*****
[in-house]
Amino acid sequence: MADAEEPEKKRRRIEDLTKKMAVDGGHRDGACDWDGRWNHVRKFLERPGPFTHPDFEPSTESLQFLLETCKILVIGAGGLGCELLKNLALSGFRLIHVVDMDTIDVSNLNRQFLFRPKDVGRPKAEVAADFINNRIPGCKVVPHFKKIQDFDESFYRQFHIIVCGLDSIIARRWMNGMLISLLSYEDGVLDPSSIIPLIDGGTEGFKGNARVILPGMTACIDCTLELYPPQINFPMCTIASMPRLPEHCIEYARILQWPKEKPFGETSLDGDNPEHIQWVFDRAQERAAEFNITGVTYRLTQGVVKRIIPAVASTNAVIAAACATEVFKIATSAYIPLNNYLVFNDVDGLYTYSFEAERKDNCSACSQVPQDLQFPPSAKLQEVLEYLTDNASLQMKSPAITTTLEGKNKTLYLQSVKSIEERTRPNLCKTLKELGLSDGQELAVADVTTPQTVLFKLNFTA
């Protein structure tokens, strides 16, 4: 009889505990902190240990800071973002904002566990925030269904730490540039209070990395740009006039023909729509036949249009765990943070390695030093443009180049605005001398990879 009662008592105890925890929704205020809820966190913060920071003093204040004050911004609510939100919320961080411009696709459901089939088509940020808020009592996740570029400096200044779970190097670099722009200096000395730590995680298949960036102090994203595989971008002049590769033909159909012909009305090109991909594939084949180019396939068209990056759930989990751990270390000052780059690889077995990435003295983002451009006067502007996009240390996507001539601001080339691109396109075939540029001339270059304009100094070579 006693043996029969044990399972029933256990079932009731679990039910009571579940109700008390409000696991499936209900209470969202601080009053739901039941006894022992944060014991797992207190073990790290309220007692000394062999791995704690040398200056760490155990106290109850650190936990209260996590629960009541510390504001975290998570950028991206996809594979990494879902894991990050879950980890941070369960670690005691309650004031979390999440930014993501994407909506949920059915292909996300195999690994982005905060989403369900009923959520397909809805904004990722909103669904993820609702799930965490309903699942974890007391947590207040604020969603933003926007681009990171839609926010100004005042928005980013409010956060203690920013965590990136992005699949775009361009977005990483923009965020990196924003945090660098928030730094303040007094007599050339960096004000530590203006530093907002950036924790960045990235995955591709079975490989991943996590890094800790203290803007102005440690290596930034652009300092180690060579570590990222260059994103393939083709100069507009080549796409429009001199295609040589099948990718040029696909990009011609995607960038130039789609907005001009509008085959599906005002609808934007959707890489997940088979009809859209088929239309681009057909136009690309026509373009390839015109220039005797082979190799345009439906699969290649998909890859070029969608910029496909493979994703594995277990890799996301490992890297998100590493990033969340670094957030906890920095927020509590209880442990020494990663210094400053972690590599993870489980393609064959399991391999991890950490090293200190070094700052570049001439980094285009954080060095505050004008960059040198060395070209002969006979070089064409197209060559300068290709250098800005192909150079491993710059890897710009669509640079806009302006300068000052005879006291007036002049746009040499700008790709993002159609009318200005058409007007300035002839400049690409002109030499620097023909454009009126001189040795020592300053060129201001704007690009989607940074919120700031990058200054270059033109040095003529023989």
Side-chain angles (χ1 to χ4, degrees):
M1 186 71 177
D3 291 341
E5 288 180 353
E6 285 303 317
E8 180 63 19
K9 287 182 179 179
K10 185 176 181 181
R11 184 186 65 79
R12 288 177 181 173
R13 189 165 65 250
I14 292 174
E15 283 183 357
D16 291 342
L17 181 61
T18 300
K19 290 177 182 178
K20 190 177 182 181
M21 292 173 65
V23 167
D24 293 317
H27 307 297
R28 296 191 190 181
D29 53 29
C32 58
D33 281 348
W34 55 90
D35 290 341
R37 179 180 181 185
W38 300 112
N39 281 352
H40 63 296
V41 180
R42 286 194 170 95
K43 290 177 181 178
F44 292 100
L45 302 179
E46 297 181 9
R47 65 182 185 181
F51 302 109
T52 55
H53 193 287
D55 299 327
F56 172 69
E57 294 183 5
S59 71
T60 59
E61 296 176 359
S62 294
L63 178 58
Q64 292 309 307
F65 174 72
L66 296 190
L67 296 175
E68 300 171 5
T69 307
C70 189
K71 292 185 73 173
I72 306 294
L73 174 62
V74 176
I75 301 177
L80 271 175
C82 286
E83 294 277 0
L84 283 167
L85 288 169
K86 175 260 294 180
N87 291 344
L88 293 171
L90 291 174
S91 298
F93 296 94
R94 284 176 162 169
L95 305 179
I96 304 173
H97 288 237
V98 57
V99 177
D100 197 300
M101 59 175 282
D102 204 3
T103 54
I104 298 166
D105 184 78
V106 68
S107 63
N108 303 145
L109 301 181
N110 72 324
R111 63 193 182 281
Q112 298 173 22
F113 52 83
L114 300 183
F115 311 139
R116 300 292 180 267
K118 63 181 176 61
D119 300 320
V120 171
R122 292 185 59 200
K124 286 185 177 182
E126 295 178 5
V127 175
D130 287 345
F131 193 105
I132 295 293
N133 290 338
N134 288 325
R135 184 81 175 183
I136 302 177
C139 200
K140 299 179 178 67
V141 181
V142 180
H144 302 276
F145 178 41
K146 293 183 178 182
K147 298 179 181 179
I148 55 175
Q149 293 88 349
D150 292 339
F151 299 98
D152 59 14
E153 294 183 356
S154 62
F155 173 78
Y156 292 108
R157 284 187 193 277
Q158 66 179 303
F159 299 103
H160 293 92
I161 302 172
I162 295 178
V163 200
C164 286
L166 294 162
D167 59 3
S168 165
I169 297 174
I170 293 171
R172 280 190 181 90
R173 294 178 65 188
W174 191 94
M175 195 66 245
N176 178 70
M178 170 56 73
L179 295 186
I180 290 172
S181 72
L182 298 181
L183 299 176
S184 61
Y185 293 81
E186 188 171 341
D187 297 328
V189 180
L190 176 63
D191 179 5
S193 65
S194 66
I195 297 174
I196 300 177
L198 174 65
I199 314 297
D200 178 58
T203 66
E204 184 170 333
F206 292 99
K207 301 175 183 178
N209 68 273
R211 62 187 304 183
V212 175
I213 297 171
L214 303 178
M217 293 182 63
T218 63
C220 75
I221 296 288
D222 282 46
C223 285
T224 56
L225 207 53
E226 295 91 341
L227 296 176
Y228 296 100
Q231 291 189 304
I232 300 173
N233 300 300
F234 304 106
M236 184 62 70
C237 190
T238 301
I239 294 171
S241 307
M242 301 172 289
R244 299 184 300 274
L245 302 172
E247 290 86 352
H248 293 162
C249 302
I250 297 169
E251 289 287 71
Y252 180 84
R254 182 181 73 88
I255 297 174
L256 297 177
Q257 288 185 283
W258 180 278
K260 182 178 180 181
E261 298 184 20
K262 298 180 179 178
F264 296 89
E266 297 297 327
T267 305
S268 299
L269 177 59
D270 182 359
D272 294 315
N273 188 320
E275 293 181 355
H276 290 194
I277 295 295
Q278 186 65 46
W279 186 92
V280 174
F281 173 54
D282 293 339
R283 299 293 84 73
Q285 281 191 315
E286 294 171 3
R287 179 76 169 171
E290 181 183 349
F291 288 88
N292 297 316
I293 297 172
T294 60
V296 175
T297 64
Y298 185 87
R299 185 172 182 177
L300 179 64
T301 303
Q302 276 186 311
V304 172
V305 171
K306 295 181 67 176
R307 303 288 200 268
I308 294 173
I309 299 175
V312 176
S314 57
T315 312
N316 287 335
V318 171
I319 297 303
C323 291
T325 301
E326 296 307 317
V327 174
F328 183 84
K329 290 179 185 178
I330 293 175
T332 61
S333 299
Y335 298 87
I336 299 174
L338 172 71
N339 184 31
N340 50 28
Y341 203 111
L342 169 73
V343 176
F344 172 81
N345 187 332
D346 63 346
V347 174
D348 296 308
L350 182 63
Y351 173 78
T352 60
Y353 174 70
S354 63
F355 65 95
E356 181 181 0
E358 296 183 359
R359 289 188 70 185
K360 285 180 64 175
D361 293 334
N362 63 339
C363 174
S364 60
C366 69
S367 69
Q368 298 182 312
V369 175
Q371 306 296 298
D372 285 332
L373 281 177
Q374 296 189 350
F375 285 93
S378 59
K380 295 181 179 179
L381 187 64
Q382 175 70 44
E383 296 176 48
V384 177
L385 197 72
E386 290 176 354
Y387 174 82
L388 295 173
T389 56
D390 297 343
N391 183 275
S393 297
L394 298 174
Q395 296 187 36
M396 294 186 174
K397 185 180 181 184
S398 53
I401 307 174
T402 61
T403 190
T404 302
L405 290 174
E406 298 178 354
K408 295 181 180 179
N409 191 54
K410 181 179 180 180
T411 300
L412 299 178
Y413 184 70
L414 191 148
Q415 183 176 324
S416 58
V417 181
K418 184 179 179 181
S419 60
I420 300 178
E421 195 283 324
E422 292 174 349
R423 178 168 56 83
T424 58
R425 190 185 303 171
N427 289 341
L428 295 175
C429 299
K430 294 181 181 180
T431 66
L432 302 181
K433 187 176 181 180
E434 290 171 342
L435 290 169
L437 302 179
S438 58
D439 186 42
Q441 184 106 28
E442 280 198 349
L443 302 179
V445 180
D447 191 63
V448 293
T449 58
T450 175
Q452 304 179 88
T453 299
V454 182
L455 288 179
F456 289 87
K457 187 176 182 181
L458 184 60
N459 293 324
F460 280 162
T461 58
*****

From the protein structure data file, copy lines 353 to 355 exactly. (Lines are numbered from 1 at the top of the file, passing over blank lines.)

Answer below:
K433 187 176 181 180
E434 290 171 342
L435 290 169